After reading some online reviews, I ordered myself a copy. Once I cracked the cover, I had a hard time putting it down.
To say I was floored by the author’s experiences would be putting it mildly. I don’t have the patience, resilience or desire to stick out the illness, diet and gender-role woes she lived through.
But here’s the worst part: There is a sequel. There is even a volume three. And I know that I will be reading both.
Polly Evans didn’t know how to ride a horse. That didn’t stop her, though, from planning a trip to Argentina with the purpose of riding horses wherever she could find them.
She found plenty of opportunities, and even managed to stay upright in the saddle, but several chapters go by in which no horses are involved. Instead, she fills the pages by visiting every corner of Argentina and spinning tales of the country’s history.
I often felt as though I were on a tour, with a knowledgeable guide at my beck and call. Evans includes oodles of research and managed to do it without boring me to tears. There were even a few spots in which I found myself chortling out loud at her self-deprecating humor.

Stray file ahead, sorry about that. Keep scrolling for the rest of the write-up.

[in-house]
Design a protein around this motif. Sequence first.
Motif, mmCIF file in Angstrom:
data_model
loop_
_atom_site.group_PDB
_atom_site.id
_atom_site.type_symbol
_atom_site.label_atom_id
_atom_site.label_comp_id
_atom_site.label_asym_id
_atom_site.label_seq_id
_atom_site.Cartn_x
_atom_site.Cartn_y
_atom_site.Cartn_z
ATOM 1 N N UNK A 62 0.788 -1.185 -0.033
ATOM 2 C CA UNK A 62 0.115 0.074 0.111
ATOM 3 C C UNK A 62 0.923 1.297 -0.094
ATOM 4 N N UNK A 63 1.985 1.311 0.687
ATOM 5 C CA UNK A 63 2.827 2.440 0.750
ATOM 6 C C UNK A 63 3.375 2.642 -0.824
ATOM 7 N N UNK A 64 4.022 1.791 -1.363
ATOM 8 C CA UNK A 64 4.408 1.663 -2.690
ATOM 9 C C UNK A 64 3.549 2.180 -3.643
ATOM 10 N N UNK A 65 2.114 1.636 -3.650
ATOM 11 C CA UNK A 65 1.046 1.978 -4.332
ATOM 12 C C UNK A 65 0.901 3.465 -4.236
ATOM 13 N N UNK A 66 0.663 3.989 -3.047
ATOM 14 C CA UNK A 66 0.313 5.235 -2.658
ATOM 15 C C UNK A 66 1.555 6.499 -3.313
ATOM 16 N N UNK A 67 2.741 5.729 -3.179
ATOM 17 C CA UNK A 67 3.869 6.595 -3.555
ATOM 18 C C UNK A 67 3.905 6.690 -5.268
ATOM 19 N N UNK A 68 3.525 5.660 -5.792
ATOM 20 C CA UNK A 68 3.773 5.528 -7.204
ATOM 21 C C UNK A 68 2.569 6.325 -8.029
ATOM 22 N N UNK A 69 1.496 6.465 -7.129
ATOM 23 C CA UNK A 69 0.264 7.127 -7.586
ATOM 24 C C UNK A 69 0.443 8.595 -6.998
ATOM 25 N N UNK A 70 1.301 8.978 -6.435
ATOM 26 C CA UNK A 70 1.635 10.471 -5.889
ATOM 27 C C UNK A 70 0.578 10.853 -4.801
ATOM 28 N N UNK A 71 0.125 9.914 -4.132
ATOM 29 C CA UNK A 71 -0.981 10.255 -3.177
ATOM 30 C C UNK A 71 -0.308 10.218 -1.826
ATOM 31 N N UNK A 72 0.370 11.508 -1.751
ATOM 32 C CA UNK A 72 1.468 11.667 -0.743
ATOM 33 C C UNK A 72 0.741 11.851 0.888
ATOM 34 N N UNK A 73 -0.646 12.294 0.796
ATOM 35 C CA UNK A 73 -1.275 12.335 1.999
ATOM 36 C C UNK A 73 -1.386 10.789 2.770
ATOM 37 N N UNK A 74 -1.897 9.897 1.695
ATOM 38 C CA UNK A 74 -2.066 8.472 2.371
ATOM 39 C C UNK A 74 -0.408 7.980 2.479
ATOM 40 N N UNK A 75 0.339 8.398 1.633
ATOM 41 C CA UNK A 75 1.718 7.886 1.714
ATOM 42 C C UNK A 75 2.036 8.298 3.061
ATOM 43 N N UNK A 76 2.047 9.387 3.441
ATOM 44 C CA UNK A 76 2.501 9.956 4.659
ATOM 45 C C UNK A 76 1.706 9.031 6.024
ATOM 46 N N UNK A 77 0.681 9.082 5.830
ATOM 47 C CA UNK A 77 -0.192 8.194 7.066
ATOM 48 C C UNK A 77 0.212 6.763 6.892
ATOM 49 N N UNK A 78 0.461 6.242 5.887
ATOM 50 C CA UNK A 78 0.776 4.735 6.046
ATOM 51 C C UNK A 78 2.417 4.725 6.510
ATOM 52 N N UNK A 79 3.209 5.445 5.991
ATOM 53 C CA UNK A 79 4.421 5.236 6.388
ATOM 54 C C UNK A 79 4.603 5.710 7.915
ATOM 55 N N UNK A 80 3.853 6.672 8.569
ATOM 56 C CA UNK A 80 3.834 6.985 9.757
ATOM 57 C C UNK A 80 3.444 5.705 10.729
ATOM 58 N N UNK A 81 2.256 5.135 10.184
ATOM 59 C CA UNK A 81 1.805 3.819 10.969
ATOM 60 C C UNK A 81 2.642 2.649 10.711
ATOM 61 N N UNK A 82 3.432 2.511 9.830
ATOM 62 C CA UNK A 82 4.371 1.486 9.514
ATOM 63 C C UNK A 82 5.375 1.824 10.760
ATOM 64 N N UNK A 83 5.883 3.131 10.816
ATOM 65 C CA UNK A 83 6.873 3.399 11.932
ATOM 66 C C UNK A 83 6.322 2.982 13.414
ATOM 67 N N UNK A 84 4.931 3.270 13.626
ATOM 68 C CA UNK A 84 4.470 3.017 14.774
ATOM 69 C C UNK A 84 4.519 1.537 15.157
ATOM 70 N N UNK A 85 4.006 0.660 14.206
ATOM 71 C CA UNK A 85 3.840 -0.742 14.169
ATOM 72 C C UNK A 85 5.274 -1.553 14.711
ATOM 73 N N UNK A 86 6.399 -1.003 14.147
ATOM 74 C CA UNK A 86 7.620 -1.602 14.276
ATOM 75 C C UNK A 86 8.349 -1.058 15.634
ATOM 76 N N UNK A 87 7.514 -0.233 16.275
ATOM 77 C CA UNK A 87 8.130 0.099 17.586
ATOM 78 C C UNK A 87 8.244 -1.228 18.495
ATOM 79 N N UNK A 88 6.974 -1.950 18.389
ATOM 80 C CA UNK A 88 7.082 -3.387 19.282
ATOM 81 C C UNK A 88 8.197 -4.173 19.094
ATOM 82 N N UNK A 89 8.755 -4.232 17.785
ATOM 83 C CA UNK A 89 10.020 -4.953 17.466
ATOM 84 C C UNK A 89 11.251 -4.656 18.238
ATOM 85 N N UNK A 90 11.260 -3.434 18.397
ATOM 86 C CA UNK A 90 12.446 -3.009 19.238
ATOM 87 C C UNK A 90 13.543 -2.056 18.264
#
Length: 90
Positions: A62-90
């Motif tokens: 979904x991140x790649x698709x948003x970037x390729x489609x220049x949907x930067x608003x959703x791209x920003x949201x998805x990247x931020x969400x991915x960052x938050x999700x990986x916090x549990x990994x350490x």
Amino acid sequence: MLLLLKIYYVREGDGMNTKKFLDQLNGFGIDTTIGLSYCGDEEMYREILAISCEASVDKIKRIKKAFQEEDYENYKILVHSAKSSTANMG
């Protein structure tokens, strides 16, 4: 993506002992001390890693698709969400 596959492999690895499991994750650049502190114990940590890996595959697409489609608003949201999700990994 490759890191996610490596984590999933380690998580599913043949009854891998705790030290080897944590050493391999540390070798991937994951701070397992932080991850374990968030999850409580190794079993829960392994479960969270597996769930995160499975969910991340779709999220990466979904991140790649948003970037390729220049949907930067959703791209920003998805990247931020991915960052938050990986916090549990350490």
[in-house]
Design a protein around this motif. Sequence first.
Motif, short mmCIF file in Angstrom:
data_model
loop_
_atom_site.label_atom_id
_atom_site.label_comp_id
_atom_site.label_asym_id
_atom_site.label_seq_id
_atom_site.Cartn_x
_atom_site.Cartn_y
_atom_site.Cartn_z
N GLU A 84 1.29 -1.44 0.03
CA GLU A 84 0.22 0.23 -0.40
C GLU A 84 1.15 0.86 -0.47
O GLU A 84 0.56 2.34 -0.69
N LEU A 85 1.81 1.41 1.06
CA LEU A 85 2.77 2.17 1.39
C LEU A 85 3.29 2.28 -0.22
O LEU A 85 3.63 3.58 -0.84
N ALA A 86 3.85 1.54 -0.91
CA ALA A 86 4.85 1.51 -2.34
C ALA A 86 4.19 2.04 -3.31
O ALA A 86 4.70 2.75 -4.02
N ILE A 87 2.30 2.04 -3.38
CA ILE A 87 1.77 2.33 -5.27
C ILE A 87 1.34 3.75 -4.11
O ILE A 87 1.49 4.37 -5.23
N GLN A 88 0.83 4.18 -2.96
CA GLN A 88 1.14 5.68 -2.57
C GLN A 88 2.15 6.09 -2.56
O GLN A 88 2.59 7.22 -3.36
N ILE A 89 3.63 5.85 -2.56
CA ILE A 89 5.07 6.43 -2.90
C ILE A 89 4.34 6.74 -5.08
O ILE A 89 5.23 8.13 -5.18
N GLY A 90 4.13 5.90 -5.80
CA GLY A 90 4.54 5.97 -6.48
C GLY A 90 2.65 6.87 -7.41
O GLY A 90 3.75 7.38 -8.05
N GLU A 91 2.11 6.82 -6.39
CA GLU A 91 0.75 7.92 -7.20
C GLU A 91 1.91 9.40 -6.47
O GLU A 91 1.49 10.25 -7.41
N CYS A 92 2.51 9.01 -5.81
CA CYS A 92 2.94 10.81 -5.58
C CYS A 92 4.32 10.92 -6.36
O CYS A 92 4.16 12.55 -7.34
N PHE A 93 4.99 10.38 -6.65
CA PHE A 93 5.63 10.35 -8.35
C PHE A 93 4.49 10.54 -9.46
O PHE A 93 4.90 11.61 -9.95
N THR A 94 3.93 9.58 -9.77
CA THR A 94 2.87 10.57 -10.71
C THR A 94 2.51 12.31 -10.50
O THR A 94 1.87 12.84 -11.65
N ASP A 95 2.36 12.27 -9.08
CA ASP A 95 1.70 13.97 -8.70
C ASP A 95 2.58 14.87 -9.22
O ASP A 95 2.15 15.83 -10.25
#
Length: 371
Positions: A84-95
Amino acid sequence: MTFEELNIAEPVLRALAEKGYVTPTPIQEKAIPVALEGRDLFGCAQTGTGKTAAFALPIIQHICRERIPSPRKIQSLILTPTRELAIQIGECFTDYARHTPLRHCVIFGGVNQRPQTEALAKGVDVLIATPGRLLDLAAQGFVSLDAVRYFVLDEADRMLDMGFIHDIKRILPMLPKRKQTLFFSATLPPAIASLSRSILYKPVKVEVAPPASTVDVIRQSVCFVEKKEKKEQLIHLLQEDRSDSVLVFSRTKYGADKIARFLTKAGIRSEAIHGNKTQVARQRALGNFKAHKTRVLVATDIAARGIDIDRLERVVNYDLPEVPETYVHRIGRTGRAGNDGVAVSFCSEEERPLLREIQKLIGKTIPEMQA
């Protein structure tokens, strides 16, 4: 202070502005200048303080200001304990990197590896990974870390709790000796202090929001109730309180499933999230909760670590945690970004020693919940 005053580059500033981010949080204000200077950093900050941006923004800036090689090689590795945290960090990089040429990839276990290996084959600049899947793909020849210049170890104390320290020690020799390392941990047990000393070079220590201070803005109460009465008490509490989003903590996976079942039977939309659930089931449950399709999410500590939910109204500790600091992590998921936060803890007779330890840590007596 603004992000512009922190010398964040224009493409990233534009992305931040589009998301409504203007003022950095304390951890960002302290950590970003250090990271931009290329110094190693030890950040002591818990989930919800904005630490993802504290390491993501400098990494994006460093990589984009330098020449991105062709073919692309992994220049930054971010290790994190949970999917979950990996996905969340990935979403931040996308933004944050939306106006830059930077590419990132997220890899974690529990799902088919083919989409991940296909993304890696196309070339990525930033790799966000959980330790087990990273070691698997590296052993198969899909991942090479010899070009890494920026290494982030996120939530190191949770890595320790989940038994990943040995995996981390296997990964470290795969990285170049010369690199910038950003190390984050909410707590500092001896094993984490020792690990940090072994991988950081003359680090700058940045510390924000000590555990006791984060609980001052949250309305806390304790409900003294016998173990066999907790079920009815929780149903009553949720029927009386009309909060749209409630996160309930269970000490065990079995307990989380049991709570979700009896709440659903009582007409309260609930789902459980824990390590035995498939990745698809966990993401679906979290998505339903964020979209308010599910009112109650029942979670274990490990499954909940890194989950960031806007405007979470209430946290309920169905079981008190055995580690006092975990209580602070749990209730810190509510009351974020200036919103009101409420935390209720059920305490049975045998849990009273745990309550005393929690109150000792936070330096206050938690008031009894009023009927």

Her story was easy to fall into and admirable in that she traversed much this massive land by herself. Plus, as an Argentina aficionado, I must say that this travelogue fills a void in the genre. I’ve looked and looked for a good, modern travel story set there and had always come up empty handed, until now.
Marie Javins was already an experienced traveler when she landed in Africa. She’d been on the road for nine months and had traipsed through much of the world on her own.
The African leg of her trip was to stretch from Cape Town to Cairo and she planned to complete the trek without ever boarding a plane.
Along the way she struggled to survive a hippo attack, a band of gassy gorillas, a high-speed drive through the midnight desert and the secret codes of the Ethiopian postal system.
The World Trade Towers collapsed while she was in Zanzibar and her experience watching the terrorist attack unfold from a little-know part of Africa was both well-described and fascinating.